Silhouette of engineer and safety officer looking construction worker pouring a concrete column on scaffolding in construction site

Understanding Crane Accidents

Construction sites tend to be very dangerous due to the heavy equipment often found there. This equipment includes huge cranes. Tower cranes and overhead cranes are often found on construction sites, particularly those for skyscrapers and other tall buildings.

Cranes can be useful and have many benefits, but they can also be deadly if not maintained or operated properly. If they fall over or are handled incorrectly, they can cause serious injuries and even death.

Between 2011 and 2015, 220 people were killed in crane accidents in the United States. This is an average of 44 people per year. Nearly all fatalities—217—were men. Nearly three-quarters of the victims were white. 42% of these fatal accidents took place in the private construction industry. 24% of these deaths took place in the manufacturing industry. One-third of the deaths occurred in the material moving and transportation industries.

Common Causes of Crane Accidents

Crane accidents happen in several ways. Between 2011 and 2015, more than half of fatal accidents occurred when the victim was struck by the equipment—most commonly, a falling object or the crane itself toppling over. Other causes include mechanical failures, hook failure, improper rigging, overturning, collisions with power lines and other buildings, debris, unsafe conditions, and inclement weather. Most accidents are caused by human error; therefore, improper setup and use ranks high on the list.

Crane Accident Prevention

There are many things a person can do to operate a crane safely. Inspecting a crane before use is always a good idea. This helps ensure all parts are working properly.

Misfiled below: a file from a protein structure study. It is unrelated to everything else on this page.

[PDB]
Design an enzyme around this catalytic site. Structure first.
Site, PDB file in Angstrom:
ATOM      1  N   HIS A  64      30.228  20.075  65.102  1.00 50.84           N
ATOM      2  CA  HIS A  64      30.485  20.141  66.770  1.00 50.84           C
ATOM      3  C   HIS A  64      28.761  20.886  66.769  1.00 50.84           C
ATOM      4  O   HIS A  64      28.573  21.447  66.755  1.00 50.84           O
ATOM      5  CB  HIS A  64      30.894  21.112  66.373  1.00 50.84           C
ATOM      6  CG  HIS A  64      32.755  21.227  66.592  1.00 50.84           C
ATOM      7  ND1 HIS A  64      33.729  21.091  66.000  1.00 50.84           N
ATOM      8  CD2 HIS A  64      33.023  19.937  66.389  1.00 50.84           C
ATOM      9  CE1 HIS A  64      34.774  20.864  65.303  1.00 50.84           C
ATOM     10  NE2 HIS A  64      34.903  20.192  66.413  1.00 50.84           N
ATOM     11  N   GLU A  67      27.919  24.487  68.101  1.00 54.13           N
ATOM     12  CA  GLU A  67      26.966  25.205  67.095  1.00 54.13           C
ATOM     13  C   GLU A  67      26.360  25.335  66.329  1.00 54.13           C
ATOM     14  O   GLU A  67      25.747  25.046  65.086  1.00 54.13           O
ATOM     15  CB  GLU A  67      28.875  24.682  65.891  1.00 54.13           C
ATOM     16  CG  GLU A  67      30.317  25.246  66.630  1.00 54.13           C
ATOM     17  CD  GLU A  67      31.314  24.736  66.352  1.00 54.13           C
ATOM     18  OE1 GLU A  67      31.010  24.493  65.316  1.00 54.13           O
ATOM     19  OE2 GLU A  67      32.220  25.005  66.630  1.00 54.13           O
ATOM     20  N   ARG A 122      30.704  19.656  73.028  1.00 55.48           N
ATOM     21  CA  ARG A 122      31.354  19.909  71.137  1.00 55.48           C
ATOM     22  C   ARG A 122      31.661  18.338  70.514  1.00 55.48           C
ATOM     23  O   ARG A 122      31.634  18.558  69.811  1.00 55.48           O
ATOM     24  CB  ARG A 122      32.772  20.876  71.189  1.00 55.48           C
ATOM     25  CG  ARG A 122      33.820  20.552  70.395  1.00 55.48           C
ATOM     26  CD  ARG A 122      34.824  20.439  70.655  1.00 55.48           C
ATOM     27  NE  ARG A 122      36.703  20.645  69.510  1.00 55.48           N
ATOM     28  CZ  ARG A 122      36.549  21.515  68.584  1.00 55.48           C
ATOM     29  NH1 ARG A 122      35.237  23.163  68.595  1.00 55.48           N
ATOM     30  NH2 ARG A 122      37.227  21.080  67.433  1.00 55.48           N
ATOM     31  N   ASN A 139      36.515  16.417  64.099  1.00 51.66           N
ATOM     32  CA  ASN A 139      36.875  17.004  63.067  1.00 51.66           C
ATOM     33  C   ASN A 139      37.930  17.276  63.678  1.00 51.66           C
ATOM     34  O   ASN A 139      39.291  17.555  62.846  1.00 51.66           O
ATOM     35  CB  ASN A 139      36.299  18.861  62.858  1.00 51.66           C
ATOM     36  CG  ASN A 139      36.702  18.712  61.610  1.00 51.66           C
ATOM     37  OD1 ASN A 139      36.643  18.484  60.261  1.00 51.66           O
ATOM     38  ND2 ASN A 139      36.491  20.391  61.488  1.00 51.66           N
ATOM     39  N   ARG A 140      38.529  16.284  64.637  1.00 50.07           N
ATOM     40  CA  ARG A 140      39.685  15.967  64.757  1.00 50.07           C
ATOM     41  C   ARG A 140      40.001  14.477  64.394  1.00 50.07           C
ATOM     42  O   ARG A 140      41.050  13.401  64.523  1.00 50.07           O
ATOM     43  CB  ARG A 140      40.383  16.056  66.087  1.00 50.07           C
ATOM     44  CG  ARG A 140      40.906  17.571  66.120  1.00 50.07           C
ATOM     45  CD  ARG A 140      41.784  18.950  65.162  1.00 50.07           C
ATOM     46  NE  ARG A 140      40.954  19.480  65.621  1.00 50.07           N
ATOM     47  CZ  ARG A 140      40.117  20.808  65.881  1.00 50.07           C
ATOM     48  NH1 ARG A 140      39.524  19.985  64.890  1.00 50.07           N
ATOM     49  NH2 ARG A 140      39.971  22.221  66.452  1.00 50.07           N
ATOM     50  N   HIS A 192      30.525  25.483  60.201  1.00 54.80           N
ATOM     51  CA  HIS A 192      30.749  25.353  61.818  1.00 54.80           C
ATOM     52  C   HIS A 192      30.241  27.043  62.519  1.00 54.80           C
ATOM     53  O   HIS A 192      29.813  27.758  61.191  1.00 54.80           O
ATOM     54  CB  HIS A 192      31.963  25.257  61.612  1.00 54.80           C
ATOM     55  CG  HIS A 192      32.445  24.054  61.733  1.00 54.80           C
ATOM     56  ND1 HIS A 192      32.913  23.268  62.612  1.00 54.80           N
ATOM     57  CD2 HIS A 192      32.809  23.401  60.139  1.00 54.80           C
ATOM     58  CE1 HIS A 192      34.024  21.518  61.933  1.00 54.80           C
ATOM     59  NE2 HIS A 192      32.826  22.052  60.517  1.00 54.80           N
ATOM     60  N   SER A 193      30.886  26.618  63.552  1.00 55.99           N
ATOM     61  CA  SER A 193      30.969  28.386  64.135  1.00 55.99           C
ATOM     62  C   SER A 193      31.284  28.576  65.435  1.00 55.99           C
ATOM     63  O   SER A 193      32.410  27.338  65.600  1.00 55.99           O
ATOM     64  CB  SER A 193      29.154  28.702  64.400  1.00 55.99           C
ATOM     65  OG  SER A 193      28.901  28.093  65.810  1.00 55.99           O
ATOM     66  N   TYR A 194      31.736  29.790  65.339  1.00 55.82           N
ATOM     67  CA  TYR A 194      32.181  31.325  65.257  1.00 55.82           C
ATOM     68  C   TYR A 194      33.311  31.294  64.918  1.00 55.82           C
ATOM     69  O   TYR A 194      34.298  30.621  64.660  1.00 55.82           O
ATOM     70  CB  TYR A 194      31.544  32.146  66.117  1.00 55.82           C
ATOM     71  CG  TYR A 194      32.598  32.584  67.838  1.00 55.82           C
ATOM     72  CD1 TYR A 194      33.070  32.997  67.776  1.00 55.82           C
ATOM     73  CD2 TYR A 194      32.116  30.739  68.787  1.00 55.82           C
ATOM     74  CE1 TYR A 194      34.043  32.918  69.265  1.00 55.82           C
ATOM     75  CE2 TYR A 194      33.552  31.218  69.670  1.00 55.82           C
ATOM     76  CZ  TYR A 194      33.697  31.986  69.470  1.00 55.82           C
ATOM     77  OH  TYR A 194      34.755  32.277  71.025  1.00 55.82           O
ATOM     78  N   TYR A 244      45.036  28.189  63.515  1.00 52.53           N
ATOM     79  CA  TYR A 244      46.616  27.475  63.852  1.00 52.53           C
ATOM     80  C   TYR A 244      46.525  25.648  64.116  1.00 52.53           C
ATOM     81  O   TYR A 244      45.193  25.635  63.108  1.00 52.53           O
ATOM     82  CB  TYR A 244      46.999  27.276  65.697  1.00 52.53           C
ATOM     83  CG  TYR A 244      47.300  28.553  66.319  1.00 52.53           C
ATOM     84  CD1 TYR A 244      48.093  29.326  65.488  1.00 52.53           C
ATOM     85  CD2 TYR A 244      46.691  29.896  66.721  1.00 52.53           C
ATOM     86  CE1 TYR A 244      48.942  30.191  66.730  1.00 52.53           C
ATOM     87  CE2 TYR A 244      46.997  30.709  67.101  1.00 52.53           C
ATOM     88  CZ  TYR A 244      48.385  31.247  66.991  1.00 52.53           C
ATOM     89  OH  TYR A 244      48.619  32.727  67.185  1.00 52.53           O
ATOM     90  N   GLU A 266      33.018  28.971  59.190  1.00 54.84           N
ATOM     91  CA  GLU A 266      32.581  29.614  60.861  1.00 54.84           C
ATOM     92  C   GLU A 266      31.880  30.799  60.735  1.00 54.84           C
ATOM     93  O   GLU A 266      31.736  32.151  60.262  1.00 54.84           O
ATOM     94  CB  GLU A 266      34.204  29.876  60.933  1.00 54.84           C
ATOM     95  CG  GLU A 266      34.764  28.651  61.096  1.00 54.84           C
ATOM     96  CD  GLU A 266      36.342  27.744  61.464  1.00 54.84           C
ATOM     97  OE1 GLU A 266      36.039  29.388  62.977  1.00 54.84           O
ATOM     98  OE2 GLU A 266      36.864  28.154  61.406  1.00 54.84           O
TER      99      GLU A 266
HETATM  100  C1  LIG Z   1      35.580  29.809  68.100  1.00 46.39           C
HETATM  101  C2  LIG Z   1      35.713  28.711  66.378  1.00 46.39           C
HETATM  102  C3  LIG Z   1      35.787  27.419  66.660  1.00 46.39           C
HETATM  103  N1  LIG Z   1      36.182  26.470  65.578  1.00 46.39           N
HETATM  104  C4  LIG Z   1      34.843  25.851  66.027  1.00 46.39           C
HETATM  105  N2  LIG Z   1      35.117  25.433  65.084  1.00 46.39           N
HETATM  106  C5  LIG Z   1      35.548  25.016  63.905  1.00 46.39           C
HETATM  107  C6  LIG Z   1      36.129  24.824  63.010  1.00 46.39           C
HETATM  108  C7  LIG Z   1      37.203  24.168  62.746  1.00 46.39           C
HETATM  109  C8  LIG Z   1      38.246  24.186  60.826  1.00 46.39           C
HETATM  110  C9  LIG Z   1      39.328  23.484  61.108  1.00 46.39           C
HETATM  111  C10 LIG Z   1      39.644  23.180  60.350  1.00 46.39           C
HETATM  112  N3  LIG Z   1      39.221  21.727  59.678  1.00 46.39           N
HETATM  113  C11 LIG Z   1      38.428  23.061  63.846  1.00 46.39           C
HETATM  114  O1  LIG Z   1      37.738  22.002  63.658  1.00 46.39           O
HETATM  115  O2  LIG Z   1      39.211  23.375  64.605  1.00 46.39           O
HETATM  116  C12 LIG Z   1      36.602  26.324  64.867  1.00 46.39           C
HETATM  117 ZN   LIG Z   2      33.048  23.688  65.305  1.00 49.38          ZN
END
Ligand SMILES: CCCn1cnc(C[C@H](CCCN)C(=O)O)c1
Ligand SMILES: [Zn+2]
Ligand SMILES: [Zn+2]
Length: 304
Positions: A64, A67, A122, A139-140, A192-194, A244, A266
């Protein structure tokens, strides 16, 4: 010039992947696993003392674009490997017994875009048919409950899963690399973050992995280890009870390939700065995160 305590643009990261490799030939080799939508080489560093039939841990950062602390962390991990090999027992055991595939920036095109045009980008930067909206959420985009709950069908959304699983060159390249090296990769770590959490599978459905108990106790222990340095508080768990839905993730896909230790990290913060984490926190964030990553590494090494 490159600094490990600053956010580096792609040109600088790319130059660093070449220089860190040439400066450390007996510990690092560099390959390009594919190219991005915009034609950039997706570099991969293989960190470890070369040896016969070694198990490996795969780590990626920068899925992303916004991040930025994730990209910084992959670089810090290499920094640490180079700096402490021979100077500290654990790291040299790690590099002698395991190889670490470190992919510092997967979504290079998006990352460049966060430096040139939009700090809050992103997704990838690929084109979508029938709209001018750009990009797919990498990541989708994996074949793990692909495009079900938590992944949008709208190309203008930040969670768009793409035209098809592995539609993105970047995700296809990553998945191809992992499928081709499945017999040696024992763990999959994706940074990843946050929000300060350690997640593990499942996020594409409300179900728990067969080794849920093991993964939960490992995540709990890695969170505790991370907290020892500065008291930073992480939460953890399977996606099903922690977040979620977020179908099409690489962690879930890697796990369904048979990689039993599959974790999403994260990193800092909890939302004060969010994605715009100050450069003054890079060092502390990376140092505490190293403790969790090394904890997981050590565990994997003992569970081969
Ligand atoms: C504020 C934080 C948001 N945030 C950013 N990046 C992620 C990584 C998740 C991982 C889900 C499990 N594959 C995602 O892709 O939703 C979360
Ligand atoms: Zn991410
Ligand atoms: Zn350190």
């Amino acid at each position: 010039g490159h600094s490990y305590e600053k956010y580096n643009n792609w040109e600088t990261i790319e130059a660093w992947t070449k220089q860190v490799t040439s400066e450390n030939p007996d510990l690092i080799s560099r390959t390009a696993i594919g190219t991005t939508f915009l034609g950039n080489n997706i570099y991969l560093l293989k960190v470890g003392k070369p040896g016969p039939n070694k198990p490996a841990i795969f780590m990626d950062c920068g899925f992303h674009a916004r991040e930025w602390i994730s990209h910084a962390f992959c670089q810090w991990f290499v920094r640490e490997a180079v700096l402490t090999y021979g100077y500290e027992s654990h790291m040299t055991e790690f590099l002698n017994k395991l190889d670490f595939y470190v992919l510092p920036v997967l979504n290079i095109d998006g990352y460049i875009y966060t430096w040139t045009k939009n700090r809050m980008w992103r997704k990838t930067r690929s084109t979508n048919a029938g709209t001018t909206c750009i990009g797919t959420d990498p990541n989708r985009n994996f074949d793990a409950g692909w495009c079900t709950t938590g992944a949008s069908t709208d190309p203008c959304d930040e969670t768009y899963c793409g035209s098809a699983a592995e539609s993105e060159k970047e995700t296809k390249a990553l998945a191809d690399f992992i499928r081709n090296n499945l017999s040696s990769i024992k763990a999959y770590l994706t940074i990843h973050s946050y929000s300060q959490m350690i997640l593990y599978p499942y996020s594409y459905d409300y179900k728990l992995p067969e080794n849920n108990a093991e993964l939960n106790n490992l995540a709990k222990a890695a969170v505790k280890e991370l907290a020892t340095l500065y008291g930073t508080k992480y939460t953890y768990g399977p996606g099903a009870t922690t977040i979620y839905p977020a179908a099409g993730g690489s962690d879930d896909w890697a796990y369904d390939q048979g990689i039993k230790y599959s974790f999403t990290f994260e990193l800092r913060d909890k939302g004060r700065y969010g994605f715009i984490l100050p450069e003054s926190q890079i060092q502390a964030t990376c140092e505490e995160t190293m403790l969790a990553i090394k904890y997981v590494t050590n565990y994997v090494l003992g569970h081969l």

The next stage is planning. Creating, communicating, and implementing a plan can help prevent accidents. It is also crucial that the crane is a on a solid, level surface. This makes it stable and less likely to tip over.

It is also important for crane operators to stay alert and focused. Intoxication, distraction, and other factors can lead to human error.

Who is Liable for a Crane Accident?

Liability in a crane accident depends on the circumstances. Most accidents are caused by negligence and product liability issues. In many cases, the crane operator is at fault. However, if the operator was an employee who was not properly trained, the employer could be at fault. If the accident was caused by a defective product or maintenance issue, then the manufacturer or maintenance worker could be held responsible. In certain cases, the project manager, architect, or engineer could also be held liable, particularly if they poorly managed the project and created a dangerous situation.

Get Legal Help from a Brooklyn Construction Accident Lawyer

Construction is a dangerous industry, injuring and killing thousands of workers every year. Tower crane and overhead crane accidents can cause broken bones, head trauma, and more. It is important that you seek compensation for these damages, especially if your injuries were caused by someone else’s negligence.

If you or a loved one was injured or killed in a crane accident, seek legal help right away. You may be able to recover compensation for medical bills, pain and suffering, and other damages. Count on The Law Office of Jeffrey K. Kestenbaum for the legal advice you need during this difficult time. To learn more about your legal options, schedule a consultation by calling our Brooklyn office at (718) 237-5586.

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